Call for participation! Library focus groups on thesis desks

The majority of existing library thesis desks are in parts of the library that will be inaccessible during the 2020-2021 library seismic renovation. Come help us determine how to handle this! The Library User Experience Group will hold focus groups to get your feedback on potential solutions. Students from all years are welcome! Food will be provided.

All focus groups will be held in Library room 17

Wednesday October 9th 5pm-6pm

Thursday October 10th 9am-10am

Friday October 11th 12pm-12:50pm

Drop-ins are welcome, but you’re encouraged to RSVP so we have enough food. Need accommodations? Please contact Robin Ford at or 503-777-7272.

Search everything! (in Reed Digital Collections)

We’re excited to share a new feature in Reed Digital Collections: the ability to search across collections! Want to see all items relating to the traditional game of tug of war between Reed first years and sophomores? You’ll now be able to easily search both the digitized photos from archives and the Quest newspaper collection! Or maybe you need images of a frog for an art project? You can now find them in the Art & Architecture collection, the Canyon Collection, and more, all in one search.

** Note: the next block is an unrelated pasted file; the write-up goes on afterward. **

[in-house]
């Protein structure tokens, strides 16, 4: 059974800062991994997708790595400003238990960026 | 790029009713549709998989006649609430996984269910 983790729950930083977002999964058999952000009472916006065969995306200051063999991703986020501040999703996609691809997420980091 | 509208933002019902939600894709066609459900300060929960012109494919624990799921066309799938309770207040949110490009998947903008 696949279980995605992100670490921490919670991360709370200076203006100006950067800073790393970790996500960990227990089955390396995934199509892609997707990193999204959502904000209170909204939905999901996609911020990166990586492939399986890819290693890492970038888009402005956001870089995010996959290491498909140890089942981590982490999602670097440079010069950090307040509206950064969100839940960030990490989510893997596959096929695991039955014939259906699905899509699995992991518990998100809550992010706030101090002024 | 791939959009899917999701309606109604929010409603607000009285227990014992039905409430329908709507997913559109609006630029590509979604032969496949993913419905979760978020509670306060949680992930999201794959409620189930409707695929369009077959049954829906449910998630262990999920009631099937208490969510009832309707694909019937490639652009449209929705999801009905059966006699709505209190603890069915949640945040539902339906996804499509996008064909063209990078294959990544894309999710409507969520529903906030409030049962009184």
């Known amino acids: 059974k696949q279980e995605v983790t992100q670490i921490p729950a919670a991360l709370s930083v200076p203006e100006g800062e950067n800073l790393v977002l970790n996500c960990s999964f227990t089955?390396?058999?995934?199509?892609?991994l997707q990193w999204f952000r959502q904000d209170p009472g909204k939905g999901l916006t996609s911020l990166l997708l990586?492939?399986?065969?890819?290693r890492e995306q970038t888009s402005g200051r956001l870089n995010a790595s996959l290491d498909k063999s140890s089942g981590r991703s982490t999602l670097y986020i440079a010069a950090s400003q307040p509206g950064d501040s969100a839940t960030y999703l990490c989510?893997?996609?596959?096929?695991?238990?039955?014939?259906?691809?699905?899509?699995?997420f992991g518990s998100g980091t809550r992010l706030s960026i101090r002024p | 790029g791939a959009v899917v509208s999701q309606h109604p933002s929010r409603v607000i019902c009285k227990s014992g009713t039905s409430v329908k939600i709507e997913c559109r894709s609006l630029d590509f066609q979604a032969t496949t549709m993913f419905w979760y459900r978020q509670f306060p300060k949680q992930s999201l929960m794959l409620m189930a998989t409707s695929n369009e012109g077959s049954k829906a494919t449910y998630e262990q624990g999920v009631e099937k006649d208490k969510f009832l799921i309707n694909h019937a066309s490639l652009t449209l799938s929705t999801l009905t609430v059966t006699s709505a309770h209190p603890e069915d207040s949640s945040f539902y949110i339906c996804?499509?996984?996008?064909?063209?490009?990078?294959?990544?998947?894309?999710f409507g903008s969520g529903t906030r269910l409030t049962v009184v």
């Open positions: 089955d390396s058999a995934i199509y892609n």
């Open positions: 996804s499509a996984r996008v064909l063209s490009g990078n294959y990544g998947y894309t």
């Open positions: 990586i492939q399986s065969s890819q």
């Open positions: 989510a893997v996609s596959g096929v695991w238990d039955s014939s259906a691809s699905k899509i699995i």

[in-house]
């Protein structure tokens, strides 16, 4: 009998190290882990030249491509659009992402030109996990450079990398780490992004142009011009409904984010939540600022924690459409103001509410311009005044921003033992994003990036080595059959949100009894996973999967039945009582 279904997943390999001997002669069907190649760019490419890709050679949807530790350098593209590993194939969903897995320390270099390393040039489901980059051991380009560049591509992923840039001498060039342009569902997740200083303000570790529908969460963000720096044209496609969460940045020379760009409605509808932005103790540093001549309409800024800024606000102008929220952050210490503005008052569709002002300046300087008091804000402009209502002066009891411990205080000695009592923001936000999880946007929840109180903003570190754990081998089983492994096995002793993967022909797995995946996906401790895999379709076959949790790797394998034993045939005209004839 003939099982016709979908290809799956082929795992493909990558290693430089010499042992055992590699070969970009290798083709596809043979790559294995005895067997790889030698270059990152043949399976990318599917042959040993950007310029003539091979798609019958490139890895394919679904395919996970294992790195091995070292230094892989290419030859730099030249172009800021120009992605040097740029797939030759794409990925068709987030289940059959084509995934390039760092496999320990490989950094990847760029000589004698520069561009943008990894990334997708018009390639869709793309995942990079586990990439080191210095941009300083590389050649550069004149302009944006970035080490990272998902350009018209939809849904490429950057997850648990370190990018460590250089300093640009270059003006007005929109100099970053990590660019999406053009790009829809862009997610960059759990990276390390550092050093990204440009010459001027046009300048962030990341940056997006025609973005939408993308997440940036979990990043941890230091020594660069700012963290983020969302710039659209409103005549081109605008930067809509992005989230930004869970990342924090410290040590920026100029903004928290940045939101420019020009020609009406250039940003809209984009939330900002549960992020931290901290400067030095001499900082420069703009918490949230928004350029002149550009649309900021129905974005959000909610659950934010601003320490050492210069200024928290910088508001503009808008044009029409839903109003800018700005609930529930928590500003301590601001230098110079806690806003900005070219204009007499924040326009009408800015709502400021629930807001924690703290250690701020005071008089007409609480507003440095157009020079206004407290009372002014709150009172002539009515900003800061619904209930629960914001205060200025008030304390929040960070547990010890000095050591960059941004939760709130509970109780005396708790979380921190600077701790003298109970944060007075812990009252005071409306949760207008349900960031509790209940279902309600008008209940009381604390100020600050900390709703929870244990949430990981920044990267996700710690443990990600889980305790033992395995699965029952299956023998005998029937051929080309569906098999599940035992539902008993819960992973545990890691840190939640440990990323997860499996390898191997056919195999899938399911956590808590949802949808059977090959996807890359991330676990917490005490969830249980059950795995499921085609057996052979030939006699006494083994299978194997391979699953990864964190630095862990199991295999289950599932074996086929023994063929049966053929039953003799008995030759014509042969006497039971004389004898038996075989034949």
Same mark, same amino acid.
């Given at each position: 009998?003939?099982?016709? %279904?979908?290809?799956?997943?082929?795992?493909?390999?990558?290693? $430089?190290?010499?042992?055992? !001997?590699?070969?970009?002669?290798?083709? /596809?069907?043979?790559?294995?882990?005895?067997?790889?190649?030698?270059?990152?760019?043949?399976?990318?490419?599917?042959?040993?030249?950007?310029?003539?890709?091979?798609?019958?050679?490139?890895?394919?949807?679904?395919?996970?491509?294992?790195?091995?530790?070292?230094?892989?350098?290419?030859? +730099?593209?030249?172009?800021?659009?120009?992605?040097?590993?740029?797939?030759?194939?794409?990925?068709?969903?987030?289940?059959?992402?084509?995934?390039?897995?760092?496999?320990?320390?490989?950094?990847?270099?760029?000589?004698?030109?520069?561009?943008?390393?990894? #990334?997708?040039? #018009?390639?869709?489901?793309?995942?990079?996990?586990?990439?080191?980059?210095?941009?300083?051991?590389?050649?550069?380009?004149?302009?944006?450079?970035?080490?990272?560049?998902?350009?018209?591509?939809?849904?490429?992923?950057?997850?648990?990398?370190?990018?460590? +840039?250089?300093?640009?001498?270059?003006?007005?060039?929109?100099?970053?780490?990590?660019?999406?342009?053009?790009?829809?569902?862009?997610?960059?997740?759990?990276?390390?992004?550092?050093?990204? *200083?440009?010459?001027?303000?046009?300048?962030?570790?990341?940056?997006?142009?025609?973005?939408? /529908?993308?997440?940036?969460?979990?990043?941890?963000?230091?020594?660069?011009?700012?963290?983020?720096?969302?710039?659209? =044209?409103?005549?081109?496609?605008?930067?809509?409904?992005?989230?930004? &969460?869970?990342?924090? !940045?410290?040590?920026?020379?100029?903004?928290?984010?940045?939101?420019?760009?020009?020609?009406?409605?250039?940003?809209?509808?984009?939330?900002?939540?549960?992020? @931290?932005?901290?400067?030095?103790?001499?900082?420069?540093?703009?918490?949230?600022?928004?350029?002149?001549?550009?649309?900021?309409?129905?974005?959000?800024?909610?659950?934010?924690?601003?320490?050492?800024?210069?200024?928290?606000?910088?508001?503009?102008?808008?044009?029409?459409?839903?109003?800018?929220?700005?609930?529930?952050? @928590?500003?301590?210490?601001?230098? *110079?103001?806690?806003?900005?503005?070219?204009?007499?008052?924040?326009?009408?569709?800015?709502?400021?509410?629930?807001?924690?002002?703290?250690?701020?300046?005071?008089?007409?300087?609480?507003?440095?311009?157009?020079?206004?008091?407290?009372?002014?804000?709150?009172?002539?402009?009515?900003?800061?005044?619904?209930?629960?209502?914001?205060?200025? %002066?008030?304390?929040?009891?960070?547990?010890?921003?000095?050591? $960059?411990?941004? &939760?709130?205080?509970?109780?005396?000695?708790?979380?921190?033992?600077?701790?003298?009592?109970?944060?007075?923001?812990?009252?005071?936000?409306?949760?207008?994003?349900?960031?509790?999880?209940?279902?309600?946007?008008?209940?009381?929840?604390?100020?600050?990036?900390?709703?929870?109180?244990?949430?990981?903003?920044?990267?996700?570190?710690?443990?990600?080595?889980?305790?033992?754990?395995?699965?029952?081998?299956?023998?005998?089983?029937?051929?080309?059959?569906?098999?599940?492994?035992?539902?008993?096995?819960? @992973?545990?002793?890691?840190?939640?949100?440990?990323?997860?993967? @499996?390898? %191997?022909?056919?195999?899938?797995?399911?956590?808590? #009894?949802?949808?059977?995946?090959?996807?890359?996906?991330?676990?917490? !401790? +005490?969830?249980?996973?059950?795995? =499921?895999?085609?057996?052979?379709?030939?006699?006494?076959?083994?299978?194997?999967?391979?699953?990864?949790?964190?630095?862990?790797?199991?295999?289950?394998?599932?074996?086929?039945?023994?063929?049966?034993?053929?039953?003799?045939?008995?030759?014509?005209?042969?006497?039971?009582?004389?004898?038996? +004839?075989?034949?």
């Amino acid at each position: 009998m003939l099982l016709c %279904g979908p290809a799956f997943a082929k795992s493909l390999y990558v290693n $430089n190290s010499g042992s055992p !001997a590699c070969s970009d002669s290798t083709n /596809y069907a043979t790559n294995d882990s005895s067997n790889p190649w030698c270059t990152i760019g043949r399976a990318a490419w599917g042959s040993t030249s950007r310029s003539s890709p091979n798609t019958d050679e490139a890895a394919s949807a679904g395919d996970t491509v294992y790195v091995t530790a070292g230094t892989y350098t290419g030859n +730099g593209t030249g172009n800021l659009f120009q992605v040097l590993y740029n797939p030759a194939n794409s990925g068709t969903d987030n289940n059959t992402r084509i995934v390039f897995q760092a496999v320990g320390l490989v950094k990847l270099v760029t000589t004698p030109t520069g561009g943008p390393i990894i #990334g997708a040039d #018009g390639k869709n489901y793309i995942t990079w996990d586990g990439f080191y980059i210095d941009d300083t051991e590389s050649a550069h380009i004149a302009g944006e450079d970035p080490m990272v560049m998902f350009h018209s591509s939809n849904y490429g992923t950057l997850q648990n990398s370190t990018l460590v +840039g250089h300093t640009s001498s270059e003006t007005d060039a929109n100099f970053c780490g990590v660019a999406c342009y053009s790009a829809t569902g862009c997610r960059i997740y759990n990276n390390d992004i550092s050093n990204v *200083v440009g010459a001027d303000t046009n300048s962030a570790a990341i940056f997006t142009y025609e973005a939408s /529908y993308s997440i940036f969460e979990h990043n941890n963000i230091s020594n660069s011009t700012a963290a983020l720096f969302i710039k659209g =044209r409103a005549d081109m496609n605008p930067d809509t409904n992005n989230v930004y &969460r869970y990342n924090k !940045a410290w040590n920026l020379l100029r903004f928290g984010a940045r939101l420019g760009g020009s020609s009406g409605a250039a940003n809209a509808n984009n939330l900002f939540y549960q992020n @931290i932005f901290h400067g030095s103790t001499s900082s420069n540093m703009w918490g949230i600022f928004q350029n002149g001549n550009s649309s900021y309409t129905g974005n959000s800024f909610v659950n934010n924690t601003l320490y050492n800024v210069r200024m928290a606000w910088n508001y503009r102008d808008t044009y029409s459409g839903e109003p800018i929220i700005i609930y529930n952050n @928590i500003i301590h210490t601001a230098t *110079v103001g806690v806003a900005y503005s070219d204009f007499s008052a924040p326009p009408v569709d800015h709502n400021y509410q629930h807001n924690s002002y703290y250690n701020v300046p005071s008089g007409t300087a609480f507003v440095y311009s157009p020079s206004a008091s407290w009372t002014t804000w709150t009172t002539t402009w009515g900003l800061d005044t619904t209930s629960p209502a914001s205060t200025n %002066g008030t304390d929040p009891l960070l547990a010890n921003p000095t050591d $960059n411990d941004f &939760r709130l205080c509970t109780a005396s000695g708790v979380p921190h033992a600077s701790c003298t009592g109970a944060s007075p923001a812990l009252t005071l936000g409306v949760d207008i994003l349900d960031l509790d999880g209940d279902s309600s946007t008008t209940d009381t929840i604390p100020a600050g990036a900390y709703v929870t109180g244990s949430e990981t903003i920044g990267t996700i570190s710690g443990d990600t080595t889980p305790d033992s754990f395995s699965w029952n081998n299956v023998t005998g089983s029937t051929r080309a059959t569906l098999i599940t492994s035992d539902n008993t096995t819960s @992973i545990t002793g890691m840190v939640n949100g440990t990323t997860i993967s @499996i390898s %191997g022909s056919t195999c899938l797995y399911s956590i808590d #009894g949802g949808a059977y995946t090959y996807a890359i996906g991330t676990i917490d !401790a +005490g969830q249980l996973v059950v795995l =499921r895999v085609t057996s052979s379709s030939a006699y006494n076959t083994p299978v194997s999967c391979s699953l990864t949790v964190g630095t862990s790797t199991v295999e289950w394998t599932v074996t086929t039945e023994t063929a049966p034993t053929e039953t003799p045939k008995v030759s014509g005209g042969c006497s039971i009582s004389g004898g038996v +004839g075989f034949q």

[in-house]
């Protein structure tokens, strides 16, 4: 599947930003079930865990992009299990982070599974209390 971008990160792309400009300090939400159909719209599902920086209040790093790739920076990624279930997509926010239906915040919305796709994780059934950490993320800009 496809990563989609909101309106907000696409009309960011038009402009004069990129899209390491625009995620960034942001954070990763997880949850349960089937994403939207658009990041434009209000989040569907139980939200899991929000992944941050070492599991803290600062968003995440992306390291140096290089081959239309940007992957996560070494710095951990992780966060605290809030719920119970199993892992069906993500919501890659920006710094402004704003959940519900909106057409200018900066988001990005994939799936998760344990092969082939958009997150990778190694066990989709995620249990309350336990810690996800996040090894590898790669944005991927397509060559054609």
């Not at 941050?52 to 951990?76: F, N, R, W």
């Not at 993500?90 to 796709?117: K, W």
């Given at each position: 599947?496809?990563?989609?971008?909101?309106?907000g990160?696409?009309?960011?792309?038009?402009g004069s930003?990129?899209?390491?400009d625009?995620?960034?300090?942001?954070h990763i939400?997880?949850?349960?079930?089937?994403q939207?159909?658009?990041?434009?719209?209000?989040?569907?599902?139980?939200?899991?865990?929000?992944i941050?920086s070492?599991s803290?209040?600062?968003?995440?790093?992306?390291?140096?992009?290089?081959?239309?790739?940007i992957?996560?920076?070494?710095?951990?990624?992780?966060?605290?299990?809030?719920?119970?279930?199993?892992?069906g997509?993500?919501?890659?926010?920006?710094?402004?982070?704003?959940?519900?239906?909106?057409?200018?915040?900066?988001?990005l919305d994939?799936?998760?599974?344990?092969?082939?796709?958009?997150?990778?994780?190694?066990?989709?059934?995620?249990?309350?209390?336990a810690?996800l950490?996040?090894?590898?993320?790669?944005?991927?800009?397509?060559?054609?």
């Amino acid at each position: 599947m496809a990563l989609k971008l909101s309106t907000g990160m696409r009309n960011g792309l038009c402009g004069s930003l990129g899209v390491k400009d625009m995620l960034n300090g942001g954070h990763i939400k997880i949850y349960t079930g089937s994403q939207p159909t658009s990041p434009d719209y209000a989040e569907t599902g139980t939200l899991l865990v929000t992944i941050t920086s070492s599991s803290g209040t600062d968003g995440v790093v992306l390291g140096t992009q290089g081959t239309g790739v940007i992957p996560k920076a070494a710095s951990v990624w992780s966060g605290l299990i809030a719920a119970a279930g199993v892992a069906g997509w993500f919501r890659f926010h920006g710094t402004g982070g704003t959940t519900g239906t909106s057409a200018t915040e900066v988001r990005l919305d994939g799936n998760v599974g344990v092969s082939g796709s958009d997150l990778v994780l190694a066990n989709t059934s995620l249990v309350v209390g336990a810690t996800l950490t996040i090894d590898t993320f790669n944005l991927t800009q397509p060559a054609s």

Be sure to sign in for full results, and happy searching! Let us know what you think at

Library Lobby Survey results: How do you refer to these rooms?

We wanted to know what you called a couple of the rooms in the library, and the results are fascinating!

For the Periodical Reading Room (pictured on the bowl on the left), we got 62 total responses, including:
8    “Old pit”
7    “reading room” (includes 1 “reading room (?)”)
3    “New pit”
2    “The pit”
2    “Periodical room”
1    “Old reading room”
1    “reading pit”
1    “reading room or sometimes I just describe its location & description”
1    “periodicals”
1    “periodicals reading room”
1    “reading room/science periodicals room”
1    “the lib lounge w/o computers”
1    “the lib”
1    “that middle section of the library with the art”
1    “the middle room”
1    “center space”
1    “middle place”
1    “central library area”
1    “center reading room”
1    “nucleus”
1    “atrium”
1    “room w/ the big windows”
1    “sun room (lots of sunlight!)”
1    “the big room with the tables and skylights. new pit? old pit?”